• IPA: /ˈnɛsəl/

nestle (nestles, present participle nestling; past and past participle nestled)

  1. To settle oneself comfortably and snugly.
  2. To press oneself against another affectionately.
  3. (intransitive) To lie half-hidden or in shelter.
    The old shop nestled between the newer apartment buildings.
    • 1623, Francis Bacon, A Discourse of a War with Spain
      Their purpose was to fortify in some strong place of the wild and desolate country, and there to nestle till greater succours came.
  4. (archaic, ornithology, intransitive) To build or sit upon a nest.
    • 1692, Roger L'Estrange, ''''
      The kingfisher […] nestles in hollow banks.
  5. (archaic, ornithology, transitive) Of a bird: to look after its young.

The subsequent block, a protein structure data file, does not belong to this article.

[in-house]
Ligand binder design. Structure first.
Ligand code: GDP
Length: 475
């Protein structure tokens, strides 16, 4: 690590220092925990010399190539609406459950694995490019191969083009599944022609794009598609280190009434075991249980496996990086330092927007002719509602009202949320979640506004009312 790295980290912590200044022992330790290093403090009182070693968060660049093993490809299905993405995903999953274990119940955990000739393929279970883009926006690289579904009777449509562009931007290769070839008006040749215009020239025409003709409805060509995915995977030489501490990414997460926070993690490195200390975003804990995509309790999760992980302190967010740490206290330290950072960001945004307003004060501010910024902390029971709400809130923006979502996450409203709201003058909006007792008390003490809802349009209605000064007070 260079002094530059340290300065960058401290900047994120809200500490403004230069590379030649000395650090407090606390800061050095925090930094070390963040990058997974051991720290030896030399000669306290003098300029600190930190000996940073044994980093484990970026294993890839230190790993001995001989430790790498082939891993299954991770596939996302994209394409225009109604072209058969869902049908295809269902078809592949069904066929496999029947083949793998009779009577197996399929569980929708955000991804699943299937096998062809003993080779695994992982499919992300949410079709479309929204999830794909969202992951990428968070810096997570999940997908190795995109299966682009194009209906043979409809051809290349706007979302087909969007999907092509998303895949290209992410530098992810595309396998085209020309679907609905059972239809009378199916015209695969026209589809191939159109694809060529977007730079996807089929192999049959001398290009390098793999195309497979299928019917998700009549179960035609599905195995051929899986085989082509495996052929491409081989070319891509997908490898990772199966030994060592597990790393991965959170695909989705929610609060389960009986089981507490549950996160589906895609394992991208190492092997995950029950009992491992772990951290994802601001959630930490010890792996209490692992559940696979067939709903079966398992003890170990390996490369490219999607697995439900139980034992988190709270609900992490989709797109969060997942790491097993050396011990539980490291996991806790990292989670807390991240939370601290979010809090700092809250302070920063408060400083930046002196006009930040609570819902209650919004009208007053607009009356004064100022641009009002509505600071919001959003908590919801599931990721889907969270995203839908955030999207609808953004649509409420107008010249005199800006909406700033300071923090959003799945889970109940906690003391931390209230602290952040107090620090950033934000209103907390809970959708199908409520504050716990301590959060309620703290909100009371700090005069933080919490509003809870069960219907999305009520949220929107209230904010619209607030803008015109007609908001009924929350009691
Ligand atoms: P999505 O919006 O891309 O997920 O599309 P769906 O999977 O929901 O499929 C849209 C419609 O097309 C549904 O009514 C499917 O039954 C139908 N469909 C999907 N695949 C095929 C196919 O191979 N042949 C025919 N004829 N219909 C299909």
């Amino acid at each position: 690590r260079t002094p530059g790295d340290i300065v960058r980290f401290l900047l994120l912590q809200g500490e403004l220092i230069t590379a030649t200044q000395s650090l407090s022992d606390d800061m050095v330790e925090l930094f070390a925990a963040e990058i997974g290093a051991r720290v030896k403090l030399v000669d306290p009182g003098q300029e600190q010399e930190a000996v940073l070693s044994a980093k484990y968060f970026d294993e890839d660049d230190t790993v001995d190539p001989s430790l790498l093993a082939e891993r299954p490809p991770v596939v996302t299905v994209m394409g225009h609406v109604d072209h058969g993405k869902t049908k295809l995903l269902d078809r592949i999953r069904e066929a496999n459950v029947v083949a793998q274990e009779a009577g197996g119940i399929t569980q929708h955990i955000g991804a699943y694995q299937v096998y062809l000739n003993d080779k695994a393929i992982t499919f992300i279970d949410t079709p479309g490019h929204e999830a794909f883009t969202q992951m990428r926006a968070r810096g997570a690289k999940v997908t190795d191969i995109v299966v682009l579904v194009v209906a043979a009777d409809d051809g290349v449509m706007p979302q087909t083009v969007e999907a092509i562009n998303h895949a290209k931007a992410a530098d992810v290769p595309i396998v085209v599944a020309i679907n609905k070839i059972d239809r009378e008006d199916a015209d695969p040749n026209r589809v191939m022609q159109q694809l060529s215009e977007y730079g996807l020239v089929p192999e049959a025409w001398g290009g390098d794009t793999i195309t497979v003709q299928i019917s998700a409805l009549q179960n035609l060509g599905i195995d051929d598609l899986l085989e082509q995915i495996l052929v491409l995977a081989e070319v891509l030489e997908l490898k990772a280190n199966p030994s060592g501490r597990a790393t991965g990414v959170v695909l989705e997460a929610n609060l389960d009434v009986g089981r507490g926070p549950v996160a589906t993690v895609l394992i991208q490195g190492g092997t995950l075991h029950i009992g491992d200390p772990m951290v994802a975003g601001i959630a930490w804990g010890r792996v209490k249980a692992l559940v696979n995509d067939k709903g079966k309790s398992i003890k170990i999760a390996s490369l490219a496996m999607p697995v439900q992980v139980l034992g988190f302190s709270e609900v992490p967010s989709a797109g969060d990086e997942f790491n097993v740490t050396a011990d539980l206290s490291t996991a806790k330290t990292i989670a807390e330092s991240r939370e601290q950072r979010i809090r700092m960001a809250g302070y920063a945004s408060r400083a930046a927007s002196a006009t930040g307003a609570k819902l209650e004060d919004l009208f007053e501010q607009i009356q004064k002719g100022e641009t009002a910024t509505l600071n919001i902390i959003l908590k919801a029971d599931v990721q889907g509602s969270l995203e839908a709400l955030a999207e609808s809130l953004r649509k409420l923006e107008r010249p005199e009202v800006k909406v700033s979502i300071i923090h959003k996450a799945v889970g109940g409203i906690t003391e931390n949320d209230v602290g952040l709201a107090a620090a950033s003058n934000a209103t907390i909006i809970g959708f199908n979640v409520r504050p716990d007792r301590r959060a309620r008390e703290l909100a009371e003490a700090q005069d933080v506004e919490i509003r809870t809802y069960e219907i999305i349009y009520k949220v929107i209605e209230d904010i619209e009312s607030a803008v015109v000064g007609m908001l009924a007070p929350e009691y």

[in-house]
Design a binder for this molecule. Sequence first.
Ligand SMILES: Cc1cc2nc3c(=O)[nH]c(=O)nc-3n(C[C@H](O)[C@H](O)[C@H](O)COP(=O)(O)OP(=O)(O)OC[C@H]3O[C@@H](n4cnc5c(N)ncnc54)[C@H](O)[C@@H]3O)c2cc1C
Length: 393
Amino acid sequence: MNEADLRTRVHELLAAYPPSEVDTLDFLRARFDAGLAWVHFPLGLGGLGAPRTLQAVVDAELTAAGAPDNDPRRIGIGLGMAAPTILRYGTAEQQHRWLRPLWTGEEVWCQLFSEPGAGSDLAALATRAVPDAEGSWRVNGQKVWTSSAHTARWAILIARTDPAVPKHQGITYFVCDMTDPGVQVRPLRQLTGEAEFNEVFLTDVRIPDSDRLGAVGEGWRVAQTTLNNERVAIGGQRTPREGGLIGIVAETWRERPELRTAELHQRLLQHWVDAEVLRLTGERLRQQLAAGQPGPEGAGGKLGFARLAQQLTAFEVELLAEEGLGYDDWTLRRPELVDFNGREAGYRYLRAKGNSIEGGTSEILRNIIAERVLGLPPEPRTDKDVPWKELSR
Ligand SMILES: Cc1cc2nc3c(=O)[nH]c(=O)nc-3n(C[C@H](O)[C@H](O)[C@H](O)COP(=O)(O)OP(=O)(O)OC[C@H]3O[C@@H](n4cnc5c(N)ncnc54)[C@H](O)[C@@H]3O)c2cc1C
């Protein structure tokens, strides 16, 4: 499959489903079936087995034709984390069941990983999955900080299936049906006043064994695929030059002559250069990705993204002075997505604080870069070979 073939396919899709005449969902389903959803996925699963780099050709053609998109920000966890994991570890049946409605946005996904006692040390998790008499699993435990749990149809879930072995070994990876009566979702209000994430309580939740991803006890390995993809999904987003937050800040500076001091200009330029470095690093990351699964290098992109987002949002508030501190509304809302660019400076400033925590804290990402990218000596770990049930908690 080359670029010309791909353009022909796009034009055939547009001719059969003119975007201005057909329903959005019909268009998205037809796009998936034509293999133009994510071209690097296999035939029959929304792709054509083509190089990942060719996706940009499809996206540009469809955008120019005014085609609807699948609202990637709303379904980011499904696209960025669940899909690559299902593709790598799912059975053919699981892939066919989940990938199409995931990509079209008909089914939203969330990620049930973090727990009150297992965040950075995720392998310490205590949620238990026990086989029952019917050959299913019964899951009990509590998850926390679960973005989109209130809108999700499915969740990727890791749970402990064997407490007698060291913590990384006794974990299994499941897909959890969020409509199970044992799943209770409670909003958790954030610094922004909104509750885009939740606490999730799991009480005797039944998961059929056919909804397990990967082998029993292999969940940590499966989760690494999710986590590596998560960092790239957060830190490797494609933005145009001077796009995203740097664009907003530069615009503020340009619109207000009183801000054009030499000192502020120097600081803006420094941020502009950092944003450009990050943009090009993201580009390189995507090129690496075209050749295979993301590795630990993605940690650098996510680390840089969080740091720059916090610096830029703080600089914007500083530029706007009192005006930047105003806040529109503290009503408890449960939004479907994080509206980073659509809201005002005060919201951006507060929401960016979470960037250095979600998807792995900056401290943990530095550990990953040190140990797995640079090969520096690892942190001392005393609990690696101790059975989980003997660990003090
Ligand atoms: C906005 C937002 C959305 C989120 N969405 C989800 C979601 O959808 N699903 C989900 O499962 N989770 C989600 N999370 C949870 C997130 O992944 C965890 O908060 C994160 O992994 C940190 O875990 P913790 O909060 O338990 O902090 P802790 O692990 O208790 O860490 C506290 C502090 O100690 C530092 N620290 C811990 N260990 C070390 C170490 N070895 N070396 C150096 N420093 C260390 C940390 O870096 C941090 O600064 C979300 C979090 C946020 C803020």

• 1871, Gardeners Chronicle & New Horticulturist (volume 31, page 123)
      This assimilates them more nearly to the natural conditions when the hen nestles her chicks on the earth, whilst the warmth is given chiefly over their backs.
  6. (transitive) To move or place into a comfortable position
    • She made no answer, but her fingers nervously nestled the leaves of a book.
  • (to settle oneself comfortably): settle
  • (to press oneself against another affectionately): cuddle, snuggle
Related terms Translations
  • French: se pelotonner, se nicher
  • German: es sich gemütlich machen
  • Italian: accomodarsi
  • Portuguese: aconchegar-se
  • Russian: гнезди́ться
  • Spanish: acomodarse, acurrucarse

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